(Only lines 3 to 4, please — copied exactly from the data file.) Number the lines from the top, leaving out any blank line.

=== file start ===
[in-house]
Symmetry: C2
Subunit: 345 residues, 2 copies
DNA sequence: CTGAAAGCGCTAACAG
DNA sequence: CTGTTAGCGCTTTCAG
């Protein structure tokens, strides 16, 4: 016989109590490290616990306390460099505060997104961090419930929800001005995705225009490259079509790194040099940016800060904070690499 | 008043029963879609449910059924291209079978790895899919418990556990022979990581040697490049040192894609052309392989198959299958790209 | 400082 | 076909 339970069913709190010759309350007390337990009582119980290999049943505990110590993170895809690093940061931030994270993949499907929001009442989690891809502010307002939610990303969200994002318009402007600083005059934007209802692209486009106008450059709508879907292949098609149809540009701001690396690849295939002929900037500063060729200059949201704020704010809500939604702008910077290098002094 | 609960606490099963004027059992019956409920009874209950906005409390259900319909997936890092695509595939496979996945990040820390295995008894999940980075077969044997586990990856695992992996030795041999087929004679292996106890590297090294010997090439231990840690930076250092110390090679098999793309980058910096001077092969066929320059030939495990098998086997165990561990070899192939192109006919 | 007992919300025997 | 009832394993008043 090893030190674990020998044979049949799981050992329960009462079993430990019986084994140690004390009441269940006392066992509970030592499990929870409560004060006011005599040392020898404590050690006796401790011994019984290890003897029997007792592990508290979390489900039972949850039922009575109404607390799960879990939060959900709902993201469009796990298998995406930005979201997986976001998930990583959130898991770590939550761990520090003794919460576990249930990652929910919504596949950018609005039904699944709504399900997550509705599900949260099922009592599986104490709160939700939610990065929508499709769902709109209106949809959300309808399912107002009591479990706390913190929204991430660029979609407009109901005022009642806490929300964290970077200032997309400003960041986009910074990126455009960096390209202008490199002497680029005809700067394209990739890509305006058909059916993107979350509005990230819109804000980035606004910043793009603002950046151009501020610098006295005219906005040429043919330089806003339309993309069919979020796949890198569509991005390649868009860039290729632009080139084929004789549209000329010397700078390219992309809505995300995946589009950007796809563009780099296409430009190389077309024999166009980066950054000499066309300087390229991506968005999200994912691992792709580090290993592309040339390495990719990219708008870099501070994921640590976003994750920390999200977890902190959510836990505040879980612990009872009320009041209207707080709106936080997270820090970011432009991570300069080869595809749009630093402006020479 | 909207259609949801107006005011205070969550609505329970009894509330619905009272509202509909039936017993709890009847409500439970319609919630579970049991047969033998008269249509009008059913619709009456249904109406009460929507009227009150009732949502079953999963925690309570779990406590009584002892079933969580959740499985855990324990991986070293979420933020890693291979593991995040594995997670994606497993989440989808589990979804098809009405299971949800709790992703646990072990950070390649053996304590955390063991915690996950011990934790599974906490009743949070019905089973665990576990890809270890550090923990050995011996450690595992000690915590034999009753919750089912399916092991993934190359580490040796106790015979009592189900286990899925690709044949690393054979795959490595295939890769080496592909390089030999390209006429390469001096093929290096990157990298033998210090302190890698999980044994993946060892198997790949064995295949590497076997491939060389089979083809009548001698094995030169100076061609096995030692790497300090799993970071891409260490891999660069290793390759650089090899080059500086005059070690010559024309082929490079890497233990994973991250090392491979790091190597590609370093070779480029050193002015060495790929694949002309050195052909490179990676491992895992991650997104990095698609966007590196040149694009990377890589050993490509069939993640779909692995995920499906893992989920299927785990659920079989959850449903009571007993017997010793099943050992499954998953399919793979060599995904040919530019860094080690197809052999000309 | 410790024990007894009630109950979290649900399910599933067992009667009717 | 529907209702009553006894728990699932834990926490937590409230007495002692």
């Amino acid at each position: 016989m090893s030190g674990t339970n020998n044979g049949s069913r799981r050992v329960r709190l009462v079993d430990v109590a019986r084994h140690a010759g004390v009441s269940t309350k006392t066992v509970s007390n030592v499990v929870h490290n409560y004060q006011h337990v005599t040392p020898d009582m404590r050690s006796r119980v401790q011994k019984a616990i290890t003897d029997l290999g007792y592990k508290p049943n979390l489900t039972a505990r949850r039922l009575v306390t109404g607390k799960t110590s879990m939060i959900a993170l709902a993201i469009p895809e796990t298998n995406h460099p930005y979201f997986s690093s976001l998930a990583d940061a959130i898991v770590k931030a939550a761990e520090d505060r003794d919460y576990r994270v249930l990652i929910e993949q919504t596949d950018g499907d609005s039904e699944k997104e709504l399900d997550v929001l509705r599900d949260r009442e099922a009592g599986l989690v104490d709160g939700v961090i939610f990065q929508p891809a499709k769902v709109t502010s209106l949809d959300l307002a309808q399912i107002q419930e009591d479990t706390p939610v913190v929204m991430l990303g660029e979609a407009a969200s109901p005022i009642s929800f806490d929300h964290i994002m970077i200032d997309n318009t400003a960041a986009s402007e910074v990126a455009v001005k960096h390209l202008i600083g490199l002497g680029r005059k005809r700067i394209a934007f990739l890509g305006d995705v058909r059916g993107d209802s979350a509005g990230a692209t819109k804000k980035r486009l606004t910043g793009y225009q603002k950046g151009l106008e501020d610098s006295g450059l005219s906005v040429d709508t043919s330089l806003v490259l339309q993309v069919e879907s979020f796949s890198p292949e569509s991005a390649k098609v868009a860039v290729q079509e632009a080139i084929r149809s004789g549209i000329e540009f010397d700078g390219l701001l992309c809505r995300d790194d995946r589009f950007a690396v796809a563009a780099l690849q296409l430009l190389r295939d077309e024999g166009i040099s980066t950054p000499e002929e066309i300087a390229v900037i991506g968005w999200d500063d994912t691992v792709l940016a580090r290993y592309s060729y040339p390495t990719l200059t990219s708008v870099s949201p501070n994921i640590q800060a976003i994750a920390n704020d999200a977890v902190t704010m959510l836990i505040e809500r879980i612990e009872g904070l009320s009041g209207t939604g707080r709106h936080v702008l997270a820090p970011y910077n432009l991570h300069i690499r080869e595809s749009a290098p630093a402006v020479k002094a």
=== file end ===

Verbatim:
Subunit: 345 residues, 2 copies
DNA sequence: CTGAAAGCGCTAACAG